Monday, June 28, 2010

Landfill to Landmark- Byers Woods

The Ashland County Park District has an unusual piece of real estate in their portfolio, a capped off landfill. Greater Mohican Audubon has been giving bird walks at Byers for years, offering a scenic walk around two large "cells" covered in mixed grasses, clovers and forbs, and nearby woods. Each year we would celebrate the return of the Bobolinks in the spring, and then mourn the lost of their fledglings when the grass was mowed for maintenance in June.

Male Bobolink

Four years ago we did something about it. We worked with the Ashland County Park Board, and with the blessings of Ashland County Commissioners we planned our first Bobolinks and Butterflies at Byers Woods. The Commissioners arranged for the annual maintenance mowing in July, allowing time for the baby Bobo's to leave the nests built directly on the ground in the deep grasses.

Last year we stepped up our public education efforts by installing a sign explaining the life cycle of the Bobolinks. Now, we annually celebrate successful Bobolink breeding and the other interesting flora and Fauna found at Byers Woods. Here a just a few more creatures we saw in 2010.

Milbert's Tortoiseshell Photo by Greg Cornett

These orange and brown butterflies are the prized lepidopterian jewels of Byers Woods. They are not an easy find in Ohio, and most of my friends in NW or SW Ohio will wish they had seen this little beauty. You'll want to think twice before you get rid of "weeds" like Stinging nettle, Urtica dioica , as we learned it is is the host plant for this unusual butterfly.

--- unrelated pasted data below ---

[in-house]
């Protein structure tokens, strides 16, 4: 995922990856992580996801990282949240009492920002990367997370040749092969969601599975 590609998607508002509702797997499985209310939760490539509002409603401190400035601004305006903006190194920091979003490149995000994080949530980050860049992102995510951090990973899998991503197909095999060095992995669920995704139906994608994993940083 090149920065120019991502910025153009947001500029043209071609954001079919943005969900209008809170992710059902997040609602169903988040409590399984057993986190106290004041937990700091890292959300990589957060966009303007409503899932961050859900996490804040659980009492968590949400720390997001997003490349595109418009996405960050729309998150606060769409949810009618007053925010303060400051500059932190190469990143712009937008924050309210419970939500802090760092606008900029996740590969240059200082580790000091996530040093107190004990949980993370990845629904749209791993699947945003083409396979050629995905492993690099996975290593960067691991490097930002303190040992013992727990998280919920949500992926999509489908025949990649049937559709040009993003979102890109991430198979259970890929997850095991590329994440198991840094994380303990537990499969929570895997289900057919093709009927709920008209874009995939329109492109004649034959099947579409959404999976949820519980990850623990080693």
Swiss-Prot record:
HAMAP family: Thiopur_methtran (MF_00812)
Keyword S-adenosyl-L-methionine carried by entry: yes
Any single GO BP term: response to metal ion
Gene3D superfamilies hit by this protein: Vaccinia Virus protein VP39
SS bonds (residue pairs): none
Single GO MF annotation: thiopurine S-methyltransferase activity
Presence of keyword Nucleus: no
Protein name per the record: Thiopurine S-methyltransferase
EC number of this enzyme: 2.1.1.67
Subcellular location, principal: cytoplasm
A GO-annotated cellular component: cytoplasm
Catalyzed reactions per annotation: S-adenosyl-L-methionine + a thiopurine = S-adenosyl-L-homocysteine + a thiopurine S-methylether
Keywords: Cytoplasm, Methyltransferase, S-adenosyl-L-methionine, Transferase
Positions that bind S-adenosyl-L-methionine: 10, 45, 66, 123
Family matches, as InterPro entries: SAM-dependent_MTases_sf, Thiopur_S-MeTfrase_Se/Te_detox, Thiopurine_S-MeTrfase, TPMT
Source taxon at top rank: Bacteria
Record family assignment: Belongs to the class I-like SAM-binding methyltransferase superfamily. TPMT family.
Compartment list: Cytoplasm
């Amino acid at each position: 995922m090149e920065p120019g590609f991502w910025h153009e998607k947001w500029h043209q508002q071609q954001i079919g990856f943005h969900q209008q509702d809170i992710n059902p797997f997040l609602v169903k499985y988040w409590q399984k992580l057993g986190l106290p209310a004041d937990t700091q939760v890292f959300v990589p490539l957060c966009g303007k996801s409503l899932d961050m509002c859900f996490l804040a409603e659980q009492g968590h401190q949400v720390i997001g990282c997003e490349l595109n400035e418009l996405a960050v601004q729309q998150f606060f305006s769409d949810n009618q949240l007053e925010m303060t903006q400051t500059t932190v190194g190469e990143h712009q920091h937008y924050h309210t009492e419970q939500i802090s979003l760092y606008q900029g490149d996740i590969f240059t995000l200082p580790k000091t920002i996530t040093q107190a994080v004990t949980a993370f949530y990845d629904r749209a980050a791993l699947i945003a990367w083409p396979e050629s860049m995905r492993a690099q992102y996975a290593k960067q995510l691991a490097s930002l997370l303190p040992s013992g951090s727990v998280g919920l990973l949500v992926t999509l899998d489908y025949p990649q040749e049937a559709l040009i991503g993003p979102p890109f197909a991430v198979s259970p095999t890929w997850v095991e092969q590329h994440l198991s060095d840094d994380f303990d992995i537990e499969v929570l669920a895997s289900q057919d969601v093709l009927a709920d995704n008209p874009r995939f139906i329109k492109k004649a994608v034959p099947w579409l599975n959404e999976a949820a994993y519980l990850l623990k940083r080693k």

Our afternoon speaker/ trip leader was Jim Davidson a butterfly, dragonfly, bird and botany guy and good friend of mine. Jim does it all and has an amazing wealth of knowledge. Here he explains the differences between native and non-native cattails species.

And since Jim is quite good with the dragonflies, we spent a bit of time admiring the species found at the pond. This Unicorn Clubtail was quite a thrill and a "life" dragonfly for most of our troops. Anytime I get to see a clubtail, I am a happy camper.

And Halloween Pennants were perched on stem-tops holding their wings like a flag in the breeze. These colorful dragonflies of orange and brown make quite an impression!
Thanks to all the folks who so graciously helped out, Su Snyder - bird walk leader, John Precup- our main GMAS booth man, Warren Uxley and Greg and Leslie Cornett for carting plants and for helping wherever needed.
A special thank you for the support and encouragement of Black Swamp Bird Observatory and Hugh Rose and Judy Kolo-Rose for bringing the traveling display to our event. And certainly, we appreciate Jack and Lalle Laughlin from the Friends of Ashland Parks for all their help with this event, and all the park folks who provided lunch!
But most of all this event works for conservation because people attend from far and wide! Thank you for traveling many miles to show our park system that we value the Bobolink. IF you were not able to make it this year, please save the last Saturday in June of 2011 and plan to join us in our efforts to continue conserving grassland birds at Byers Woods. It is hard to believe we can accomplish so much for conservation, just by having a good time!

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